We left our lessons at the school gates, Micah and I, whereas Matthew had ‘homework’.   Nothing very specific, though it did involve written exercises in school books, and handing work in to his teacher, the quite lovely Miss Comfort, whose name said everything about her that needs to be said – everything but one very specific thing.   

Quite when Matthew left his homework exercise book unguarded, or why, I cannot say.  Any more than I can explain how someone contrived to cut the centre out of all but the first and the last few pages of that book to make a rectangular space, lidded only by its cover page and a few leaves of carefully written essay.  And how our spider came to be occupying that space when Miss Comfort opened the book to peruse Matthew’s work I would rather not speculate.  I doubt anyone could have known Miss Comfort was an arachnophobe.  Micah and I, we were at music practice in another classroom, bells and triangles and a flat piano; yet we still heard the screams – all of the screams.

Mrs. Carrell collected Matthew that lunchtime.  She was very, very annoyed.  As they passed us by, as we stood in the playground, watching, Matthew turned his hung head to throw Micah a look – a look that was almost fearful.  It communicated an understanding which would spread amongst us all.  Micah did not live by the rules.

Then I remember distinctly how I shared a glance with Micah and saw his face twitch in a mysterious smile.  It was a smile that reminded me for one moment – just that one moment – of my mother.

 © Frederick Anderson 2020.  Unauthorized use and/or duplication of this material without express and written permission from the author is strictly prohibited. Excerpts and links may be used, provided that full and clear credit is given to Frederick Anderson with specific direction to the original content

Featured Image Credit: Brett Hondow from Pixabay

A Material Girl

This week’s short story contribution from the archives:

She did not remember when it began.

At first it was not a fear – not as such; but just a nagging sensation that something she had accepted without question for so long, was no longer quite right.  Ella considered this as she loaded the washing machine – was it a sound that first alerted her?  If so, when?  Days ago?  weeks?  Months, maybe?  No, not years.  It couldn’t possibly have been as long as a year…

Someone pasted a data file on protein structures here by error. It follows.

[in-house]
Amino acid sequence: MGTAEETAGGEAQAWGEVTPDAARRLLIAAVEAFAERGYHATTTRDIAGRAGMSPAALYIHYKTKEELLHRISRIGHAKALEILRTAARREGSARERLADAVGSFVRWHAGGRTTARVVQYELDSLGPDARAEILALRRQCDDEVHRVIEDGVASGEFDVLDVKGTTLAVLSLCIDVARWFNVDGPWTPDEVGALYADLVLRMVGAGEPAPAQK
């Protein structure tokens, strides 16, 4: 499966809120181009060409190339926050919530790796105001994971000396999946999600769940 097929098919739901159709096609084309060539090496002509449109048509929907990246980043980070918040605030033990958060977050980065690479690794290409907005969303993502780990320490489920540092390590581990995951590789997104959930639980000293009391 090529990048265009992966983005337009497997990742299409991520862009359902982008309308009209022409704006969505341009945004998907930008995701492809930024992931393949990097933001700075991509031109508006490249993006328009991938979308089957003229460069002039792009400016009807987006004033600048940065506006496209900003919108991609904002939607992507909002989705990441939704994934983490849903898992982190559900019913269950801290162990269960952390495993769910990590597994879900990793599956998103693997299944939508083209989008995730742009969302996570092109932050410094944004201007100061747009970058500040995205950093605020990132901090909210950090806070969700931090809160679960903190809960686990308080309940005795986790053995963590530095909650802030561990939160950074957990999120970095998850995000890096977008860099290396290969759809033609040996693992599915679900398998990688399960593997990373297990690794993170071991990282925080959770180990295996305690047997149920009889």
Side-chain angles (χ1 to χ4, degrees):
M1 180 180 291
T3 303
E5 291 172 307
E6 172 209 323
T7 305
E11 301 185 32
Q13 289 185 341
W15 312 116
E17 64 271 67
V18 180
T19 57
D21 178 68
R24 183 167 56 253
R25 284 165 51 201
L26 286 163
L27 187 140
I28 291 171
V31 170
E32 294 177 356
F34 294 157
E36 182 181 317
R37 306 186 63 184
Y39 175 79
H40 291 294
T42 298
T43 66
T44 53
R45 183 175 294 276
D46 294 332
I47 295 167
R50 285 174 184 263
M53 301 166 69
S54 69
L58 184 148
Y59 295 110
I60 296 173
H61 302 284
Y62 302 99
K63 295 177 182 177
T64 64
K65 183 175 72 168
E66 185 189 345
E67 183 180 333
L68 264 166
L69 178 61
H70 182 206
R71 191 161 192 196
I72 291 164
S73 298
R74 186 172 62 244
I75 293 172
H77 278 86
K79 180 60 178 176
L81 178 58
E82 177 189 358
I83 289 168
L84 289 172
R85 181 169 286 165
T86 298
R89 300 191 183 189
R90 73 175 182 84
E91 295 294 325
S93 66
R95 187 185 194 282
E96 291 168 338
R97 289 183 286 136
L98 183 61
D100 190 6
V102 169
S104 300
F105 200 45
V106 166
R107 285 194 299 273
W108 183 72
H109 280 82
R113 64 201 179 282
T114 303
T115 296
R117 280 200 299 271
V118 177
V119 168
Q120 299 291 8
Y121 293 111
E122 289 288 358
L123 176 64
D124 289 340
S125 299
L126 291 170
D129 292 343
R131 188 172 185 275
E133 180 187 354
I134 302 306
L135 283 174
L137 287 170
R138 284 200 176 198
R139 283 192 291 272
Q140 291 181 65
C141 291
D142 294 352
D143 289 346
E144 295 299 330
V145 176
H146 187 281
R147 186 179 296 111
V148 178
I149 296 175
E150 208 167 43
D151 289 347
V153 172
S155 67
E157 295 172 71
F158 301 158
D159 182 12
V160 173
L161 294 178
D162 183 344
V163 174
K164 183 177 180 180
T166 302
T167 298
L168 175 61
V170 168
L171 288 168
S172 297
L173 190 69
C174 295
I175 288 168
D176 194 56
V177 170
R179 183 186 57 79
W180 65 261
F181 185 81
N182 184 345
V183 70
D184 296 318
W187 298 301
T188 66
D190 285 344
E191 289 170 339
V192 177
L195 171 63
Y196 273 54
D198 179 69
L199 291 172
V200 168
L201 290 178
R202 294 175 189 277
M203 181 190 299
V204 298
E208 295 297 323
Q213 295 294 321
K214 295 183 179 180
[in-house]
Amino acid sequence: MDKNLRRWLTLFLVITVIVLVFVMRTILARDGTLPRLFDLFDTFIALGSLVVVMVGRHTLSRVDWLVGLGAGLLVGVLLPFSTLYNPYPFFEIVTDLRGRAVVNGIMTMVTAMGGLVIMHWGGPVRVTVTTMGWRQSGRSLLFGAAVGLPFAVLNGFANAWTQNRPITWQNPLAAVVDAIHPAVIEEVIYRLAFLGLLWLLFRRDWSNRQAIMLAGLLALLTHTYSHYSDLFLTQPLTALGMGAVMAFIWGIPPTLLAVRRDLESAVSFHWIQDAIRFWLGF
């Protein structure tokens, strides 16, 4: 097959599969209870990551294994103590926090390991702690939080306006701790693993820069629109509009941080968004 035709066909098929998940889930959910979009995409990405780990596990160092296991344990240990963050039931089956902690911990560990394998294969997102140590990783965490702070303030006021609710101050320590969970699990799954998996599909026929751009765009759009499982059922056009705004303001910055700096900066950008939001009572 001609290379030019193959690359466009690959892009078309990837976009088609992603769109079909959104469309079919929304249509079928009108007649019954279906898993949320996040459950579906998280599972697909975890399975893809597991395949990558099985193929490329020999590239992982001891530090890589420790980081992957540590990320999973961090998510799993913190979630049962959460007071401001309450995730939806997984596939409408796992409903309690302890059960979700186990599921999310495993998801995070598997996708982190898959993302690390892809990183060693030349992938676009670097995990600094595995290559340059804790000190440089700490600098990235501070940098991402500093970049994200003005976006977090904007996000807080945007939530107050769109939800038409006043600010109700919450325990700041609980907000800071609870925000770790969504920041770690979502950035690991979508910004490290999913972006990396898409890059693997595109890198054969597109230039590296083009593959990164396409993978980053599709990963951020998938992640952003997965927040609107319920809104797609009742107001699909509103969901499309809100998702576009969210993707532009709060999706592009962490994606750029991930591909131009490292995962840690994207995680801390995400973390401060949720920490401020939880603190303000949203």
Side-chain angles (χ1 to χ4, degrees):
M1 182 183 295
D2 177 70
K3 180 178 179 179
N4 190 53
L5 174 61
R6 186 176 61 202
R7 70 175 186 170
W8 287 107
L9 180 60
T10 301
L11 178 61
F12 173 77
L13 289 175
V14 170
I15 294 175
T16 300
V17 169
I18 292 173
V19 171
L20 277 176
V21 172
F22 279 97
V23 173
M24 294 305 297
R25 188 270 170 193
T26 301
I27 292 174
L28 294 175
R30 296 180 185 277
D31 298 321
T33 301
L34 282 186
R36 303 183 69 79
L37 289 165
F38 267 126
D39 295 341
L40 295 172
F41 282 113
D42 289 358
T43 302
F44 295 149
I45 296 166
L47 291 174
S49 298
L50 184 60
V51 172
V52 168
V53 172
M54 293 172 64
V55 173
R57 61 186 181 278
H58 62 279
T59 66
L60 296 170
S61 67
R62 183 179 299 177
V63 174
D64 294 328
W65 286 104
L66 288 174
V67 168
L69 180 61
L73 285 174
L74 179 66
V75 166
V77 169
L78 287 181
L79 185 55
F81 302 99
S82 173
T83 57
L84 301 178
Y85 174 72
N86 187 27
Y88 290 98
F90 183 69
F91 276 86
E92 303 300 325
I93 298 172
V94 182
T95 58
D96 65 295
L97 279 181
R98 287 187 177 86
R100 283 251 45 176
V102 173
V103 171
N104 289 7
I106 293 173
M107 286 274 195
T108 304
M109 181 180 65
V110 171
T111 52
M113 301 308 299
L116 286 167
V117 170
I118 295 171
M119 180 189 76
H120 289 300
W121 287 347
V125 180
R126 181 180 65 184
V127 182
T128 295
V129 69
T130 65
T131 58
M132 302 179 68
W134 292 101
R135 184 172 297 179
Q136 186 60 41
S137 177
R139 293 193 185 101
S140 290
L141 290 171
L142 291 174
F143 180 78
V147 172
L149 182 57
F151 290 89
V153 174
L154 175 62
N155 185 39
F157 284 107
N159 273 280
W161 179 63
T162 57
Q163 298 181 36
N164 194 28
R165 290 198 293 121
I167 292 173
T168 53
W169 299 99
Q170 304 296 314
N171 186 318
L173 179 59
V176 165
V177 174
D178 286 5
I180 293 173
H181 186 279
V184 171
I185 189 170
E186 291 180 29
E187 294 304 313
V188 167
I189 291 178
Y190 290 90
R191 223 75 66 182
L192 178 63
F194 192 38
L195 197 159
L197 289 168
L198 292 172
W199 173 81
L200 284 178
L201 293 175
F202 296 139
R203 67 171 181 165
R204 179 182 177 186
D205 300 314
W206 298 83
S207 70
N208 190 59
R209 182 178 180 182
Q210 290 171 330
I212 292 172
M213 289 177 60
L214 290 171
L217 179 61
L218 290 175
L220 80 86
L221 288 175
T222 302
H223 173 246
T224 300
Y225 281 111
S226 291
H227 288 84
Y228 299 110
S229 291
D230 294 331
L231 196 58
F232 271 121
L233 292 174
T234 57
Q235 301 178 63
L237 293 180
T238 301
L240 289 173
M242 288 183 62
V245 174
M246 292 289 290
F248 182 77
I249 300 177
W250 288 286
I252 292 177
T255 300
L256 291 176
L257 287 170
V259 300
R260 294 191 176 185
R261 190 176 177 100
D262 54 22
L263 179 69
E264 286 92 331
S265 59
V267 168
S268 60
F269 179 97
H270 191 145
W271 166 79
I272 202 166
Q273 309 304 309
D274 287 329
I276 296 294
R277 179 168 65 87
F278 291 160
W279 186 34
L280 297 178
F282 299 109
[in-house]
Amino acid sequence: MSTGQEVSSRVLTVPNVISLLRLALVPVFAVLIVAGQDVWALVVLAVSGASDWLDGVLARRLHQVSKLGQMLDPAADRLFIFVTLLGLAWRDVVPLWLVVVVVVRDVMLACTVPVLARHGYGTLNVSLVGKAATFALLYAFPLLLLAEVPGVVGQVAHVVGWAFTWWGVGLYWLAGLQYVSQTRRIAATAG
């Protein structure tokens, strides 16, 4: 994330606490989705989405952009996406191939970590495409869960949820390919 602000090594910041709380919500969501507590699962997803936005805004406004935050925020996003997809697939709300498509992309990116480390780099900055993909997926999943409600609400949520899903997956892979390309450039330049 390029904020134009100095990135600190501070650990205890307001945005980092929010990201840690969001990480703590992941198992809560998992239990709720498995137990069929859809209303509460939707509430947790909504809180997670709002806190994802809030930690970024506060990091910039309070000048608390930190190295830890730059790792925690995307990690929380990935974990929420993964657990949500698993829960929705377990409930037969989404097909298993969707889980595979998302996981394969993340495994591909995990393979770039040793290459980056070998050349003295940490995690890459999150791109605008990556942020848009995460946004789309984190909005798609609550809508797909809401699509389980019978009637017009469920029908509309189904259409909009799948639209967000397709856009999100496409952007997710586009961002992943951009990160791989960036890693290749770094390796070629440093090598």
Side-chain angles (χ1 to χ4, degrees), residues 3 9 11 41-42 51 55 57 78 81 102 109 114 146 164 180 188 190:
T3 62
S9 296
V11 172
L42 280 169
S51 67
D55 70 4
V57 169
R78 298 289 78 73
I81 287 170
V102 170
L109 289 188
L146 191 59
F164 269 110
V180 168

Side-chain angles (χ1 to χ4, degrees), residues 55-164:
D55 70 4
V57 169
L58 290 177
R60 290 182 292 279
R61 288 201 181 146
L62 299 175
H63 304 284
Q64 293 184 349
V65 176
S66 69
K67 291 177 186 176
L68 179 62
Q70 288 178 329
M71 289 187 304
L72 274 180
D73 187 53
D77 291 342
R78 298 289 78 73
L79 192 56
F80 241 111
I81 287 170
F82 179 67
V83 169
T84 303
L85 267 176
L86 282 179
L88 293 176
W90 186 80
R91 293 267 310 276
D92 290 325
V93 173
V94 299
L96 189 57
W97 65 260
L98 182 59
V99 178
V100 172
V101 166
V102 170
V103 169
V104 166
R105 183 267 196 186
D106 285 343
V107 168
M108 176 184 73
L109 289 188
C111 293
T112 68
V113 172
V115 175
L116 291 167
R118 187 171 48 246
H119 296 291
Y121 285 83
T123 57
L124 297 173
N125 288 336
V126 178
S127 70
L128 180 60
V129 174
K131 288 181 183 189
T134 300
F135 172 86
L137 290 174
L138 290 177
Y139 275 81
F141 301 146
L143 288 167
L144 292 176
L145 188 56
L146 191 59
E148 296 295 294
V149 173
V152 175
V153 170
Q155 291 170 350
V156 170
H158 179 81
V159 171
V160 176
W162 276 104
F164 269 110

Perhaps it wasn’t a sound at all. After all, this was a utility room, and no matter how expensively equipped, it was often filled with sound:  hard, practical sound.  So perhaps it was one of those taut strings in her brain slightly vibrating; at so low a tone, at so deep a frequency she couldn’t actually hear it.  Or even the cool basement air, so exquisitely conditioned by the silent machinery of the house.  It was simply – there.

And now it was louder.   Or more vibrant.  Or rarified to such an extent she had difficulty in breathing.  Which was why she always stayed close to the door, ashamed to admit to an instinct to actually run, yet comforted by the firm feel of the latch behind her.  She couldn’t account for it.

Above her head, the games room with its snooker table solidity was empty, now that James no longer played.  It was kept locked.  So the unpleasantness, whatever it was, couldn’t emanate from there.

She emptied her basket of clothing into the washer, reflecting how small her needs were, now her husband had gone.  A single wash each week was well within the capacity of these glorious machines, so, much as she admired them as possessions, they tested her strong sense of practicality; and she really did not like being here, in this windowless room, in this stately old house.  

Ella’s reaction to the room was shared.  Angelina, her erstwhile housekeeper, had been equally reluctant to spend time down here.  In fact the woman had refused point-blank to go anywhere near the utility room in the end.

“Is bad place!  Very bad!  I am not surprised if dead people under floor in there!”